The Bahamas steps up to shark conservation challenge.
July 5, 2011
The Institute applauds the government and people of the Bahamas as the Bahamas Department of Fisheries announced on July 5, new protection for sharks within their Exclusive Economic Zone. In the late 1990s the Bahamas prohibited longline fishing in order to protect sharks, which are worth more to the local economy as living tourist attractions. The new law builds on this by adding a specific ban on the export of shark products, such as fins. “The Bahamas has always been a leader in global shark conservation and sustainable use,” said Dr. Demian Chapman, the Institute’s assistant science director. “The new law cements their position and will ensure that the healthy shark populations living in these clear blue waters will be safe for generations to come.” Dr. Chapman has worked on shark biology in the Bahamas since 1996, and provided key scientific information to government officials at the launch of the Pew Environment Group/Bahamas National Trusts campaign that led to these new regulations.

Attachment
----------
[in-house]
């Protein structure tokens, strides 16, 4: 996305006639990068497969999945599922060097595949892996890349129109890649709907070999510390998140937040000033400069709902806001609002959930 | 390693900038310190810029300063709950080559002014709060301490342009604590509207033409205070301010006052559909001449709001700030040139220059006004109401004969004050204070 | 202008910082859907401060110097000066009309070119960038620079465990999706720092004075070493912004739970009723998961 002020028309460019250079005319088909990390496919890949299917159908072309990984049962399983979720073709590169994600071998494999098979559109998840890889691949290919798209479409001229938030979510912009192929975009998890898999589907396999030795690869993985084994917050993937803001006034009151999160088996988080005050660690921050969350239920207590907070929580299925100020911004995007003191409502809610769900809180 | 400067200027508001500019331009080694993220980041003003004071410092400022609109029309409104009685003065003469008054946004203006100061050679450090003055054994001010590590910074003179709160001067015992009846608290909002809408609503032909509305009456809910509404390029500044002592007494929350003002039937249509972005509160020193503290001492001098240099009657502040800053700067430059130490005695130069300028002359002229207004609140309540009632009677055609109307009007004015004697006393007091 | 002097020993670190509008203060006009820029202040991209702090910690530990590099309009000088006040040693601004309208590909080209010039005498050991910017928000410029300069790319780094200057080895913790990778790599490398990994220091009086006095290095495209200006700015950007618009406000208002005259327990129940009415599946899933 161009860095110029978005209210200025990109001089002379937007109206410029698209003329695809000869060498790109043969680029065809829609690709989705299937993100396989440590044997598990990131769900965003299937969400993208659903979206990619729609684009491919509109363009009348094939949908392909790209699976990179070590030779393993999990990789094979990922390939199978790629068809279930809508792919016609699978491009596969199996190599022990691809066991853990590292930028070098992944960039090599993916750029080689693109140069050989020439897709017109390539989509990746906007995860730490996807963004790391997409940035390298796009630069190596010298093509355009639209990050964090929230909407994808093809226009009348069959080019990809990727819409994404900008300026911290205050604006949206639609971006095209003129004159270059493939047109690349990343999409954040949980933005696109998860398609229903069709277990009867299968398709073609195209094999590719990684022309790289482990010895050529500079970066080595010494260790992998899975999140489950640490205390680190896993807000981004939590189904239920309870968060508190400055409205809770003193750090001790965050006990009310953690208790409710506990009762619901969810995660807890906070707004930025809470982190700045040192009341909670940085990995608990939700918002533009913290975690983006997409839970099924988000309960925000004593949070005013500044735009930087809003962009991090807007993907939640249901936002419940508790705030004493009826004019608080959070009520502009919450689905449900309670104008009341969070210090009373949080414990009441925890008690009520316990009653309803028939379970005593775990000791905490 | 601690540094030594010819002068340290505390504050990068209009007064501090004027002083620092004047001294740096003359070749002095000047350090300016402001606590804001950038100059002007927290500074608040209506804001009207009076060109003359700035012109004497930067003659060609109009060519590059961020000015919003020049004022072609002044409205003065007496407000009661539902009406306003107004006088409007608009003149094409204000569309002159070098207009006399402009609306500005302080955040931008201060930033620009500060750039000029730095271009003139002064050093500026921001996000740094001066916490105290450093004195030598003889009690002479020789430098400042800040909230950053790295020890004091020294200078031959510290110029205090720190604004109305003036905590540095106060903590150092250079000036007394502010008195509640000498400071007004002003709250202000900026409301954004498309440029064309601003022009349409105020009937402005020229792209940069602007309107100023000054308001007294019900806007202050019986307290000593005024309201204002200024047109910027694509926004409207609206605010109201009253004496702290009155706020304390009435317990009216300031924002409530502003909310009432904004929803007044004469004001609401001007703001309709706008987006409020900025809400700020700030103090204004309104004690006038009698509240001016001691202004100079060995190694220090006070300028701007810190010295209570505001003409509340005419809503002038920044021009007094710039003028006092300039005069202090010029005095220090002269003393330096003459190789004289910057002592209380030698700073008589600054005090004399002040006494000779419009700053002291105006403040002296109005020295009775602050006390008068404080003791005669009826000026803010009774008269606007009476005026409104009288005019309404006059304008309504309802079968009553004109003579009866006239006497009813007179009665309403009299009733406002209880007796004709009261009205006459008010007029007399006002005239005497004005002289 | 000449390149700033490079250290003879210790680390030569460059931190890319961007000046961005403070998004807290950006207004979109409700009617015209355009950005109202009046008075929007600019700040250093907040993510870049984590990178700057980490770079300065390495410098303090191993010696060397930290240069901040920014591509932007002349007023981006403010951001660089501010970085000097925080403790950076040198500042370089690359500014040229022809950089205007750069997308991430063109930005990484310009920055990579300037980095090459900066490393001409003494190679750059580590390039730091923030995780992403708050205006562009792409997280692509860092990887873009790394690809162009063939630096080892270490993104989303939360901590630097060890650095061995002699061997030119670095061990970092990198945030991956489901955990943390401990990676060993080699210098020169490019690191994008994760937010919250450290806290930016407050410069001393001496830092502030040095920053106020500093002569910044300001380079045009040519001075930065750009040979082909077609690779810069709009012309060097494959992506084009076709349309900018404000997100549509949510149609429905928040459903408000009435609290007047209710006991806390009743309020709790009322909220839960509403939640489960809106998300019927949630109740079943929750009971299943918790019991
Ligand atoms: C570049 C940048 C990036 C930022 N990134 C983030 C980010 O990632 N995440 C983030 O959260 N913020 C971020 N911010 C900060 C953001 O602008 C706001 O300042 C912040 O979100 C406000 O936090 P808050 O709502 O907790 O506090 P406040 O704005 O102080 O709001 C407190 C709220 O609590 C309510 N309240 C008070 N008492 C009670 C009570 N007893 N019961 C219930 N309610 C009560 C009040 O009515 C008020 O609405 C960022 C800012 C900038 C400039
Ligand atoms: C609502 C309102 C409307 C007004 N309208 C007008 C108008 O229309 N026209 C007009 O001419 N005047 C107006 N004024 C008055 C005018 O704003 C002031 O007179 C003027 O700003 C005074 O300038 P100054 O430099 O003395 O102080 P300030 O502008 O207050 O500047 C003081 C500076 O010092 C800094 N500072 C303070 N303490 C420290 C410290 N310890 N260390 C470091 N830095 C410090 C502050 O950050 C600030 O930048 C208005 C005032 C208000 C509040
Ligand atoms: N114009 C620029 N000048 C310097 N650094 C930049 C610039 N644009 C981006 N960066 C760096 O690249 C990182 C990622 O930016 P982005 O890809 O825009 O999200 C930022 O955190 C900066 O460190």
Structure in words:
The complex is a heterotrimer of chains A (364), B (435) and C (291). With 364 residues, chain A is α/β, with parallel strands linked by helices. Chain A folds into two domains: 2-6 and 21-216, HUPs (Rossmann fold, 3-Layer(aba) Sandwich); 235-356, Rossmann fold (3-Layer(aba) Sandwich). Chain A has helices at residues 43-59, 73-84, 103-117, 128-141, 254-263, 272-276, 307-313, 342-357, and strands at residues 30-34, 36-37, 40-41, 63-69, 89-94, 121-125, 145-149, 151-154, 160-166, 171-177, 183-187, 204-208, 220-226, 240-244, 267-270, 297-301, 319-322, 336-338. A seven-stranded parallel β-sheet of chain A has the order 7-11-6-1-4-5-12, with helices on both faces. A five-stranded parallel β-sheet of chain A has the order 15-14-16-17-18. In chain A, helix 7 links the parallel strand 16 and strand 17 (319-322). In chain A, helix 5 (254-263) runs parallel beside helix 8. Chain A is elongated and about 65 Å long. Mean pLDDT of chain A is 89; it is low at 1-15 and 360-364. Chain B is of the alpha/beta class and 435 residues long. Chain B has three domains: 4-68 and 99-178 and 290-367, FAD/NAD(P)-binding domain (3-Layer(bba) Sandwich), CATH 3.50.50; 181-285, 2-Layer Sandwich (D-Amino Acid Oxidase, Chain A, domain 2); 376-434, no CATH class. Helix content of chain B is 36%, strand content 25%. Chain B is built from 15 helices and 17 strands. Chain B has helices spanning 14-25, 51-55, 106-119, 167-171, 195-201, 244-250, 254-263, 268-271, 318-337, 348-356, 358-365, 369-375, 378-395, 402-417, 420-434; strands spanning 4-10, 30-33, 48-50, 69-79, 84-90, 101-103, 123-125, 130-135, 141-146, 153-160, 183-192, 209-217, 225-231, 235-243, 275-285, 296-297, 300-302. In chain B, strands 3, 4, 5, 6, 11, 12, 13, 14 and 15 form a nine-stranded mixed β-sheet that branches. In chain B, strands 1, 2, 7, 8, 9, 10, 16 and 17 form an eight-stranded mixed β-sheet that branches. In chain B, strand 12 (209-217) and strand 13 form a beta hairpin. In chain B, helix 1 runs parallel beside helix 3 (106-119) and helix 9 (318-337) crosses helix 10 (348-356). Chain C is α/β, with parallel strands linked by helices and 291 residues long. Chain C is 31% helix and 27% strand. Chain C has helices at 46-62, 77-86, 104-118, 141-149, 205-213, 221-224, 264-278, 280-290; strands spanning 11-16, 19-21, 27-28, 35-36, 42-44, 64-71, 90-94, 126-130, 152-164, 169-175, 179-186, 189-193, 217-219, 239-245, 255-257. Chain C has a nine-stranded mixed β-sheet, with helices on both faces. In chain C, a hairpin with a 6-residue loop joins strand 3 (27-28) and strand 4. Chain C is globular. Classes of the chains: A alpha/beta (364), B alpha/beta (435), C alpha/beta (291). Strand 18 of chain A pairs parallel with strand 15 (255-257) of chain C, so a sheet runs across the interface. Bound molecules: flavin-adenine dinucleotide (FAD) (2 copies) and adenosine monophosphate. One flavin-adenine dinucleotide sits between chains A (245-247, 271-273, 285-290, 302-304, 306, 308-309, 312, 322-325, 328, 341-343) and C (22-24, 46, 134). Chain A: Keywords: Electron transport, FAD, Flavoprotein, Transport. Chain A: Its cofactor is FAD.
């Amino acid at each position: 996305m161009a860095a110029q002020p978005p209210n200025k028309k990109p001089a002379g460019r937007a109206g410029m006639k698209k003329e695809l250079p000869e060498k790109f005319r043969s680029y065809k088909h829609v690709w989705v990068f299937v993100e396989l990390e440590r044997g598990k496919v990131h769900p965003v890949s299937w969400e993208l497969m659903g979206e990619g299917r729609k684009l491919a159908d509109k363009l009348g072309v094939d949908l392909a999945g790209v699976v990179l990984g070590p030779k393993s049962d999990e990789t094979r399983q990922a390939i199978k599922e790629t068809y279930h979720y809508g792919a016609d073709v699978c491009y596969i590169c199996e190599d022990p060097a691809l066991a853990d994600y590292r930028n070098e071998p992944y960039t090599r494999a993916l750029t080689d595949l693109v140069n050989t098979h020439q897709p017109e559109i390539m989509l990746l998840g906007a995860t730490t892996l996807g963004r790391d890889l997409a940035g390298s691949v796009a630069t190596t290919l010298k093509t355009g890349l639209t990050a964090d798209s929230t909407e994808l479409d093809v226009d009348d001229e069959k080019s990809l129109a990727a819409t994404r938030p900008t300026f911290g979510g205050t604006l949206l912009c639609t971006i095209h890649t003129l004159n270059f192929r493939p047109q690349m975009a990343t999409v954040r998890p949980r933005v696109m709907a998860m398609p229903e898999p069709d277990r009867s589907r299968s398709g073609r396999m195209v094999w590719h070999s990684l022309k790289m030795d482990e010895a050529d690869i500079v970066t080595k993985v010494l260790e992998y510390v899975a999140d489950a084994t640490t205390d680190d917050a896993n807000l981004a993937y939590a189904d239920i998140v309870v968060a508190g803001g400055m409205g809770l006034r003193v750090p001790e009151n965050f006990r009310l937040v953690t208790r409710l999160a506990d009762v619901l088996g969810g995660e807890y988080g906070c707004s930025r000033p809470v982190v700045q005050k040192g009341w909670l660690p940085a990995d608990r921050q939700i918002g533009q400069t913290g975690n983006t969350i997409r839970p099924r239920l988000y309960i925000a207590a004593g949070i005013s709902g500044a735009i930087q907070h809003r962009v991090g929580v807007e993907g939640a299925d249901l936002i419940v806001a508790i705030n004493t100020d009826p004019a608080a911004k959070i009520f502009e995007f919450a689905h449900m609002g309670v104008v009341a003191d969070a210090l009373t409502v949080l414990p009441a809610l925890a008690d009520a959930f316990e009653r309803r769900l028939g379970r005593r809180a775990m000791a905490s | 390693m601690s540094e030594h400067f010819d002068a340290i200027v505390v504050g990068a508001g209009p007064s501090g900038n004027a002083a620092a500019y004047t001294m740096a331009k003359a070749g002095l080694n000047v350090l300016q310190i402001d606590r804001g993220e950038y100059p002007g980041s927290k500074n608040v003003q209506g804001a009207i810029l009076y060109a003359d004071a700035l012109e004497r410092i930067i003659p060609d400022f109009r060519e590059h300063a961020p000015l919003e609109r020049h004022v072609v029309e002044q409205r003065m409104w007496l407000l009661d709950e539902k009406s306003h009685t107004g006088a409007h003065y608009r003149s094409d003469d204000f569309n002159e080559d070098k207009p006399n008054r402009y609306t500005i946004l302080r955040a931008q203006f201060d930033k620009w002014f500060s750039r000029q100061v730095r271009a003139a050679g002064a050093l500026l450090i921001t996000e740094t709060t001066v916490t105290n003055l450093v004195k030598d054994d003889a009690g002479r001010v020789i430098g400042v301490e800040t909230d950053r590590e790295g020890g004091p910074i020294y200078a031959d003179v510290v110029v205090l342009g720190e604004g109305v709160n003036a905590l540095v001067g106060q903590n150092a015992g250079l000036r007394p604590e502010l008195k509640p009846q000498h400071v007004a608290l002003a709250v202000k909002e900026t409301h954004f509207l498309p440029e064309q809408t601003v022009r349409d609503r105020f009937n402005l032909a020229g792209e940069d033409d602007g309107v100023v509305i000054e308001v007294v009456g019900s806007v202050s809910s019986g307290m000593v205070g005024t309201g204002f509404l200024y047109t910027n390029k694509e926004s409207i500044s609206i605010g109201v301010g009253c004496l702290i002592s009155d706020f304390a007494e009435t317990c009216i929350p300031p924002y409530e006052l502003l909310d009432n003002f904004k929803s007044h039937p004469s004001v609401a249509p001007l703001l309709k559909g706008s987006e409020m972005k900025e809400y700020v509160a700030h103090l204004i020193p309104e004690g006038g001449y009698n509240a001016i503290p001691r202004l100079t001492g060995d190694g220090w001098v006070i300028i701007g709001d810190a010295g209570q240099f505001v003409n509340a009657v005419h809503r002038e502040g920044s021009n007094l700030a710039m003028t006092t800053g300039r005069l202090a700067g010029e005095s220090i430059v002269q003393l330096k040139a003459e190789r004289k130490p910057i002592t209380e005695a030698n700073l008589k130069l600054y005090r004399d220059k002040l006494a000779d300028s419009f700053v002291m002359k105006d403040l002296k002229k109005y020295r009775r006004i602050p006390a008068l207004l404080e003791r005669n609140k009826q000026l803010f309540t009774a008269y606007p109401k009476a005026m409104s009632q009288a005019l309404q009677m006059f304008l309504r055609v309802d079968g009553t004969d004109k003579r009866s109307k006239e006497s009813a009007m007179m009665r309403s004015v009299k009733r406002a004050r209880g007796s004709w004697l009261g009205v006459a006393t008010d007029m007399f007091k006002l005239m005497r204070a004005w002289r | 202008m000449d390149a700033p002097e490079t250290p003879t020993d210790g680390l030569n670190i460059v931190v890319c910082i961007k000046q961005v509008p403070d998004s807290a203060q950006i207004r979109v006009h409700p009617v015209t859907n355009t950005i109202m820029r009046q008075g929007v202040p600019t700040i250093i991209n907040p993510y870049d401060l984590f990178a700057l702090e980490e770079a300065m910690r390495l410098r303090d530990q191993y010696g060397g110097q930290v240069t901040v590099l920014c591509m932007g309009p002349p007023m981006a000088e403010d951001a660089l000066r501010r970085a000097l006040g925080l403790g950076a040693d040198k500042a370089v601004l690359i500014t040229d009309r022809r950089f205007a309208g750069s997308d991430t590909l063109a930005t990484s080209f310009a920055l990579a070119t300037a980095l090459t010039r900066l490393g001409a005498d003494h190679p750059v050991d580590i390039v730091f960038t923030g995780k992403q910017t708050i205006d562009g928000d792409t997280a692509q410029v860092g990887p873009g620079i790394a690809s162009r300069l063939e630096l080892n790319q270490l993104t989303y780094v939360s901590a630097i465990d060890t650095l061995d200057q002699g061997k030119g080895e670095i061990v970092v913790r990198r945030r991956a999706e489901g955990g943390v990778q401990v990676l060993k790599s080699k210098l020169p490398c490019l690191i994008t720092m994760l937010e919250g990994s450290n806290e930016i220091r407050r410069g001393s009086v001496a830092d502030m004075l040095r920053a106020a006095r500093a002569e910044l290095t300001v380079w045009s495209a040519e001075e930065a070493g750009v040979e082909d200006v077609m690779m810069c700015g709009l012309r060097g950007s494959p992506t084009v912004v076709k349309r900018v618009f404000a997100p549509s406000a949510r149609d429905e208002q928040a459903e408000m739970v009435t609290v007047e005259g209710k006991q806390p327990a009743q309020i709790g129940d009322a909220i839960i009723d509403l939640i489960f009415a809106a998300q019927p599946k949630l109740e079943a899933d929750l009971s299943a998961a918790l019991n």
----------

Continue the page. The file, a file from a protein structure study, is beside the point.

Washington Post article